Surgeons' Hall Museums
Initially founded as a means of educating medical students, in 1832 the Surgeon's Hall Museums opened their doors to the public making it them the oldest museums in Scotland.
Surgeons’ Hall Museums explore the history of medicine and the development of surgery and dentistry throughout the centuries. The Royal College of Surgeons was founded in 1505, creating the Museum in 1699. The College is dedicated to the education, training and a rigorous examination of surgical practices.
The Wohl Pathology Museum is located on the top floor where visitors will be able to see an interesting collection on the study of diseases.
The History of Surgery Museum is found on the ground floor. The museum explores Edinburgh’s contribution to the practice of modern surgery. The early days of surgery were poorly defined, which led to many barbers performing complicated surgery without any medical knowledge.
Through the years, important discoveries were made such as the use of chloroform as an anaesthetic before operations. The museum also houses a mock anatomy theatre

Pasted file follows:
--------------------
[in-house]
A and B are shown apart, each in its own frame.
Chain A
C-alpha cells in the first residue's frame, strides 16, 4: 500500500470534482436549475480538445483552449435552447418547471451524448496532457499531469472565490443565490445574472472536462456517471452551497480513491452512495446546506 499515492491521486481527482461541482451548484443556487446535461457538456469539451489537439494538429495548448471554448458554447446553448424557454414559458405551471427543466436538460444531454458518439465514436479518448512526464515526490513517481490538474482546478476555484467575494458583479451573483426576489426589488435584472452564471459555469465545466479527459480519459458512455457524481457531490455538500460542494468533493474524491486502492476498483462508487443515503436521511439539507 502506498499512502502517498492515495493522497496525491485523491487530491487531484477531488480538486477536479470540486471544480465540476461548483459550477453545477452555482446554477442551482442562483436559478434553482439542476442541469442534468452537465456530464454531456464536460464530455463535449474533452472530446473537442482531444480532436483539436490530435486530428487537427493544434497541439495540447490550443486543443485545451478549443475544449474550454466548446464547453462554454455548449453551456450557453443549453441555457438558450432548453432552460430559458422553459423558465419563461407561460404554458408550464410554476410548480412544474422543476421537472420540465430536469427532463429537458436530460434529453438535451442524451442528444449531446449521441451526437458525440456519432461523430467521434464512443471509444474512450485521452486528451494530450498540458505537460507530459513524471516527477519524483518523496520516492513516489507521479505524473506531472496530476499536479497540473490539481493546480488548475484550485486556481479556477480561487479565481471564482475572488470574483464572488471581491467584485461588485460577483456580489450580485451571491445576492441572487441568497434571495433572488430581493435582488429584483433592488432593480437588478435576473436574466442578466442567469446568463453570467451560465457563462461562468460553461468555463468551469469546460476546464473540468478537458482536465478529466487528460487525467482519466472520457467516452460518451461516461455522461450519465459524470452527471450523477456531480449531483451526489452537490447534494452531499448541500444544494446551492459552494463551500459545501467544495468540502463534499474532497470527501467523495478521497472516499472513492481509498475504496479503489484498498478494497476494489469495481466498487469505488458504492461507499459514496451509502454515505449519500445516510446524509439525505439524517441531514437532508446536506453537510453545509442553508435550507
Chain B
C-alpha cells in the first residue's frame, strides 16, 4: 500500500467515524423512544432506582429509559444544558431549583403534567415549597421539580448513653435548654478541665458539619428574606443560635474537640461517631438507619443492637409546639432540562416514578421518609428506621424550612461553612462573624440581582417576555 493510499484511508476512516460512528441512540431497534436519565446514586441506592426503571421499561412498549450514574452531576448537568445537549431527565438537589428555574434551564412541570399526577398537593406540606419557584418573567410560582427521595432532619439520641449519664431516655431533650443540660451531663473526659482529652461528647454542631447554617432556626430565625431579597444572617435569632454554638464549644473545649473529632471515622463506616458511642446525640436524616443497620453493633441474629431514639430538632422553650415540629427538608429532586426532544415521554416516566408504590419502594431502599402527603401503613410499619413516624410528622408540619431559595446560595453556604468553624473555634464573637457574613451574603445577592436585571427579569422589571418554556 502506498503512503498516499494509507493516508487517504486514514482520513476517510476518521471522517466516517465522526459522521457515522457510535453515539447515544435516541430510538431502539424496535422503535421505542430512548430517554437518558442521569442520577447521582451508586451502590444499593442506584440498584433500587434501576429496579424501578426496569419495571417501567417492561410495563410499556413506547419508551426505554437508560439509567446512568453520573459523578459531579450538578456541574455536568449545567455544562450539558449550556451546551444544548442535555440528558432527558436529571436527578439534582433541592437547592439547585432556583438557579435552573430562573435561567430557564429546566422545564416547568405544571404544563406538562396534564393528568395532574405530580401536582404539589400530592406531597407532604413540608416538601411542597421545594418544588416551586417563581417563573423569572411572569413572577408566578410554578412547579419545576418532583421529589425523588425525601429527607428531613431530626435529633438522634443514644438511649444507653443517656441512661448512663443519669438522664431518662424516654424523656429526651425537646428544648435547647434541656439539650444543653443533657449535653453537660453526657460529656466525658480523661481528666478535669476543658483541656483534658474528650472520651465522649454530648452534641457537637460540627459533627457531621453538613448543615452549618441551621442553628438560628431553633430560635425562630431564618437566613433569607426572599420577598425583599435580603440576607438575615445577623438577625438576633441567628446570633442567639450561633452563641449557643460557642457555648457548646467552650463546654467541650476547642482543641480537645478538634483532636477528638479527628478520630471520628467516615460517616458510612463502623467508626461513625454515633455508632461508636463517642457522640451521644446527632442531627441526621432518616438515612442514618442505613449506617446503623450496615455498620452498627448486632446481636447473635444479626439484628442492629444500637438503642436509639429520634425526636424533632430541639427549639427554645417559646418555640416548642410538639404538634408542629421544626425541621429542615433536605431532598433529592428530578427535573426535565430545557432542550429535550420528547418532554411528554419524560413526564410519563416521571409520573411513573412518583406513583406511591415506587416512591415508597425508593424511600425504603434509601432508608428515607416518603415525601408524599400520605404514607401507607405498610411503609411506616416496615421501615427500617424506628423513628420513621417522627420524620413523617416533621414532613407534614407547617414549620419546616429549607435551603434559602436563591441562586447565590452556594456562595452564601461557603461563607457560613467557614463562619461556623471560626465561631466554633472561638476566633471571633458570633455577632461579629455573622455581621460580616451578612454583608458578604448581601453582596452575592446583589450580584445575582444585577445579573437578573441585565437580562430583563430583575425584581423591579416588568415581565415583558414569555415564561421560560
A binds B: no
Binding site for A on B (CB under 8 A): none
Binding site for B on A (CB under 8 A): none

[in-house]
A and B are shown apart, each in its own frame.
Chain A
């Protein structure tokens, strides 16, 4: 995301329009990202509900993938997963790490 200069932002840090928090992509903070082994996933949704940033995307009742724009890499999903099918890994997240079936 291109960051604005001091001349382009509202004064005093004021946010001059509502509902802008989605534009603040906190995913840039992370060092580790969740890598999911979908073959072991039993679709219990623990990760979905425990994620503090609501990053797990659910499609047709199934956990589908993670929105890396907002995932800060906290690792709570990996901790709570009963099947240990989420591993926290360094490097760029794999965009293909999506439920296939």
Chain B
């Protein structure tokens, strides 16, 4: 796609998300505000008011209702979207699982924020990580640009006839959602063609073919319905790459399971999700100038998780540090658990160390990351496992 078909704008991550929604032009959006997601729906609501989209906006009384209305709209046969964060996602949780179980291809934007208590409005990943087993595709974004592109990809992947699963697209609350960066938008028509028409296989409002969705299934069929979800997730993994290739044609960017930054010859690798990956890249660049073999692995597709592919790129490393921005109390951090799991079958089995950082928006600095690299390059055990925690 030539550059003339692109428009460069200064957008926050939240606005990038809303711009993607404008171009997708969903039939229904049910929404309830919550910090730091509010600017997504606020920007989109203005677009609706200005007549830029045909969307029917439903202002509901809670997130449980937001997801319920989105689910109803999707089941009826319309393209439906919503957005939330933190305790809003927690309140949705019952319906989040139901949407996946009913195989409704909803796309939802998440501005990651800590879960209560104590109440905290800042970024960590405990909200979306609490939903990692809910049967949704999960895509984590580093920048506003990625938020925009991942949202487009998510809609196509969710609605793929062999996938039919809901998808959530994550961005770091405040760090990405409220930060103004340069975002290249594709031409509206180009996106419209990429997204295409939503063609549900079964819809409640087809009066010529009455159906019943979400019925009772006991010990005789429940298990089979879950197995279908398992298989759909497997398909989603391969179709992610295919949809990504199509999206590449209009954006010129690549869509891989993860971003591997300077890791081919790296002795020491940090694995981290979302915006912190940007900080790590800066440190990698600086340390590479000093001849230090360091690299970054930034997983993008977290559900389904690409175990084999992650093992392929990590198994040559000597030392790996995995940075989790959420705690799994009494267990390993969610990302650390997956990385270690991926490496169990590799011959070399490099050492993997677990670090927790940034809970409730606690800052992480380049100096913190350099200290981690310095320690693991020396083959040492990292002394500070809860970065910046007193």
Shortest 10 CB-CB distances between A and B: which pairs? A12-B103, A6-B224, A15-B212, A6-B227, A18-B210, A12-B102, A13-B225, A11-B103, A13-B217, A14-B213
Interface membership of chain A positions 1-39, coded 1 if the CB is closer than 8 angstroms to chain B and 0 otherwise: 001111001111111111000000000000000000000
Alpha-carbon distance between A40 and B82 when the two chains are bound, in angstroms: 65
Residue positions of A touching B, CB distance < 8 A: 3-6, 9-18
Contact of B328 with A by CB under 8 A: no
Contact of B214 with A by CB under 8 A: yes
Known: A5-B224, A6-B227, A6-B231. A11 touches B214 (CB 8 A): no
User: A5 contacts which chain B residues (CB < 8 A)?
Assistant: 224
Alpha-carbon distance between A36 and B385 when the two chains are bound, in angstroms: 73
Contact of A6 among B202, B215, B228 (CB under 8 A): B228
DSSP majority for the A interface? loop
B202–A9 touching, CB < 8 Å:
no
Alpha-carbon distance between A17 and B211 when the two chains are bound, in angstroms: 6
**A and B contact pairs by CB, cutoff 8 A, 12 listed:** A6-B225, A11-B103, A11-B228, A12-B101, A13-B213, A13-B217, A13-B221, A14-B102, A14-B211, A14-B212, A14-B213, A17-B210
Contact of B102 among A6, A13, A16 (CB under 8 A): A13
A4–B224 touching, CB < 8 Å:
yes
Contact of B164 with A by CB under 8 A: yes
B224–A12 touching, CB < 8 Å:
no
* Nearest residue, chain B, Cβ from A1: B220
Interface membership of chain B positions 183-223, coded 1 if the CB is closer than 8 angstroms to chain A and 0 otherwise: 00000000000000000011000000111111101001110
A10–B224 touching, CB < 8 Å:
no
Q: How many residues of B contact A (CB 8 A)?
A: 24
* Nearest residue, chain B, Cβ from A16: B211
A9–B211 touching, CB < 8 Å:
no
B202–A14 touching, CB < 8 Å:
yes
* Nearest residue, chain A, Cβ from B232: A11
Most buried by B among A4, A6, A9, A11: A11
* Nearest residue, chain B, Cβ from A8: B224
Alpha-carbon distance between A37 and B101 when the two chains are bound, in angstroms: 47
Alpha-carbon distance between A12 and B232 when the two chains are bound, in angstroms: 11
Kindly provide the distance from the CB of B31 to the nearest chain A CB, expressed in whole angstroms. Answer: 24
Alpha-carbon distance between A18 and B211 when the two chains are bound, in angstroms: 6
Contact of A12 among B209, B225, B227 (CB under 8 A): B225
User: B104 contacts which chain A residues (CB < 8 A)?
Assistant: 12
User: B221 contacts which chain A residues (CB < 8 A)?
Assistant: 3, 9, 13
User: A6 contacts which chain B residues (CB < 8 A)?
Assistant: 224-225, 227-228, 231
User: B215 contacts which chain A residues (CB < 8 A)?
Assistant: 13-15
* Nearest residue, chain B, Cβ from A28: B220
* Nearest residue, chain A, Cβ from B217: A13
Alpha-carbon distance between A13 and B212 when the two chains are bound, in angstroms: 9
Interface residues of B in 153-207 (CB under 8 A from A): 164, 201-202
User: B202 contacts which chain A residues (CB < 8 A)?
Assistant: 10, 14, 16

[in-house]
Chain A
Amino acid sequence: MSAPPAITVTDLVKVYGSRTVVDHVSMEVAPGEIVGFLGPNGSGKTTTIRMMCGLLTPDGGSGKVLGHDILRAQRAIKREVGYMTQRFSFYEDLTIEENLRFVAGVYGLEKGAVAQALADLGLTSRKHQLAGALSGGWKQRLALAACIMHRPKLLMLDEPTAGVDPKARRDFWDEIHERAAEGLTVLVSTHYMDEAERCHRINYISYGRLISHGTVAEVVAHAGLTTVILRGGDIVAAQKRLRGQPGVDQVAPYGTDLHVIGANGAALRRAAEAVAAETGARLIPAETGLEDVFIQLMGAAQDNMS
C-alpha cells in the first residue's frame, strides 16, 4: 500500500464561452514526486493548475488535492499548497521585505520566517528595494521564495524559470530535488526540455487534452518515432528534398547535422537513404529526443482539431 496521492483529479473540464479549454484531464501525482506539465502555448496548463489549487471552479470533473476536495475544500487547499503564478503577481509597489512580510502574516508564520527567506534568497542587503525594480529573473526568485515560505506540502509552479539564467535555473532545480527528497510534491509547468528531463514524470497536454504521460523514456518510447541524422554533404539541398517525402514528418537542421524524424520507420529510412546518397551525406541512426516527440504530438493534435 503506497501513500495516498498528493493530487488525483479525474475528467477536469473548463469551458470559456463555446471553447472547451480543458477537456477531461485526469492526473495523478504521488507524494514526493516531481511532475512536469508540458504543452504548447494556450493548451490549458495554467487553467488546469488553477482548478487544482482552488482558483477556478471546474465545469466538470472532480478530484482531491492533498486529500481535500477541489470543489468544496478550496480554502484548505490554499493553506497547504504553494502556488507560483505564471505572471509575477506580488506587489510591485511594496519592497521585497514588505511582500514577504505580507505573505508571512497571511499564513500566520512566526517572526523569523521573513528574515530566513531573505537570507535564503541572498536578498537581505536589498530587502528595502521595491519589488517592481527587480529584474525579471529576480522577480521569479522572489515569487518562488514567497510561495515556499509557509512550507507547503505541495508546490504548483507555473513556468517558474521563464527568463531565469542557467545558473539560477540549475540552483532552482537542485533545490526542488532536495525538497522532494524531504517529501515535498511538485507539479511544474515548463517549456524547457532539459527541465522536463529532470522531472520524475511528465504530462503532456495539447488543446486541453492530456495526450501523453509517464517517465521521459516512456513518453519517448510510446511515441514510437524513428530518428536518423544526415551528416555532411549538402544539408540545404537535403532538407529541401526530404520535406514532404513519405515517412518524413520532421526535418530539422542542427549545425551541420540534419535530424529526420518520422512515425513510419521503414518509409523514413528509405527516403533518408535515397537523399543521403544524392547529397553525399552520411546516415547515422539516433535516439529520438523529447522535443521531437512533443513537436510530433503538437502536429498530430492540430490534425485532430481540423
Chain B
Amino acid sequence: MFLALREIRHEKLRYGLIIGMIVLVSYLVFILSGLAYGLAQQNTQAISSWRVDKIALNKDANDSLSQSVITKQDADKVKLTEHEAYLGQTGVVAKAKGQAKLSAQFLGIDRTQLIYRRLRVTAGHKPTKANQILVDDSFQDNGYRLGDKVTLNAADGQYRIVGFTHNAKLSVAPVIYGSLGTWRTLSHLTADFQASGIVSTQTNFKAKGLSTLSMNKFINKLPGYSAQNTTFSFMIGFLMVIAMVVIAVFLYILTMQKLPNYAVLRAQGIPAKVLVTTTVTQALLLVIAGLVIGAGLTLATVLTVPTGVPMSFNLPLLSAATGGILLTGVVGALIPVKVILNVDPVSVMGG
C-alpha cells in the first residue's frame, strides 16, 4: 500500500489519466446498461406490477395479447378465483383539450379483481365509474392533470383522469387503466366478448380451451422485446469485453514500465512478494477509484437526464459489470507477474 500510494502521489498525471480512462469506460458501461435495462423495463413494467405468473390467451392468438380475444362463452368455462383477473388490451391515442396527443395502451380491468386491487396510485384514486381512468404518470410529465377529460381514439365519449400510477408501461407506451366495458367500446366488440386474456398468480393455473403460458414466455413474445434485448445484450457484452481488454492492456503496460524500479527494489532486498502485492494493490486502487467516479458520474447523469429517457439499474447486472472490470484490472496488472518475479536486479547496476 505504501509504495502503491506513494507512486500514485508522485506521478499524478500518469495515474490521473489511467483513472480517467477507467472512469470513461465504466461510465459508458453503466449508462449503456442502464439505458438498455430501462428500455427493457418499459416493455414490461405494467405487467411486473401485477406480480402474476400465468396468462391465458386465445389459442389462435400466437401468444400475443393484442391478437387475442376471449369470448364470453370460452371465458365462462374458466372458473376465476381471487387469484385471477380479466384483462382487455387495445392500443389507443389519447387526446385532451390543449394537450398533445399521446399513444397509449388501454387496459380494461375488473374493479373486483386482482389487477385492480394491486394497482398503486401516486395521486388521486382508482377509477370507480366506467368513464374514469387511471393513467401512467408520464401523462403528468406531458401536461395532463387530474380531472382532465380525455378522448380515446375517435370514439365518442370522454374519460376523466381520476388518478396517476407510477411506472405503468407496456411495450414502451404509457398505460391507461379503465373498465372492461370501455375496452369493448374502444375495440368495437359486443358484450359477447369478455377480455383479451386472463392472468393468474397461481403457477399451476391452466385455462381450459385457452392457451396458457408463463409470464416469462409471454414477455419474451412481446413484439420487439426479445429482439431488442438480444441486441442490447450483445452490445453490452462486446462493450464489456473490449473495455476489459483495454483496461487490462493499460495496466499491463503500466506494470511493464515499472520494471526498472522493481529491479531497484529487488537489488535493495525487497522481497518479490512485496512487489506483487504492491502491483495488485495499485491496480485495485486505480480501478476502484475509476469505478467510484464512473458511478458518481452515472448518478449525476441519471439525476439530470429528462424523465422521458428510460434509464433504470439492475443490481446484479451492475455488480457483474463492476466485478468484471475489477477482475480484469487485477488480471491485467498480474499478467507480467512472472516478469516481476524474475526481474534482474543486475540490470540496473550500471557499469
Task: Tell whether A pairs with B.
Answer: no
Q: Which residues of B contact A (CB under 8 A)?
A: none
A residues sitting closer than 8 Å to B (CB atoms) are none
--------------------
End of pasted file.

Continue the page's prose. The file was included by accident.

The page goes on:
There is also a Dental Collection where visitors can see the evolution of dental techniques throughout the centuries as well as a display of surgical instruments.
Curious and a little disturbing
Surgeons’ Hall Museums is the major medical museum in Scotland, an instructive place for locals and visitors interested in Medicine. It features surgical instruments and equipment as well as specimens, including human remains in chloroform, which might be a little disturbing for children, or those of a delicate disposition.
Open daily: 10 am – 5 pm
Adults: £ 8.50 (US$ 10.60)
Students, over 60s and under 16s: £ 4.50 (US$ 5.60)
Children Under 5: Free
Buses: Surgeons Hall, 2, 3, 5, 8, 14, 29, 30, 33, 48, 49, 51, 52, 86 and 95.
National Museum of Scotland (289 m) Museum of Childhood (422 m) Royal Mile (430 m) Greyfriars Bobby (444 m) St Giles’ Cathedral (515 m)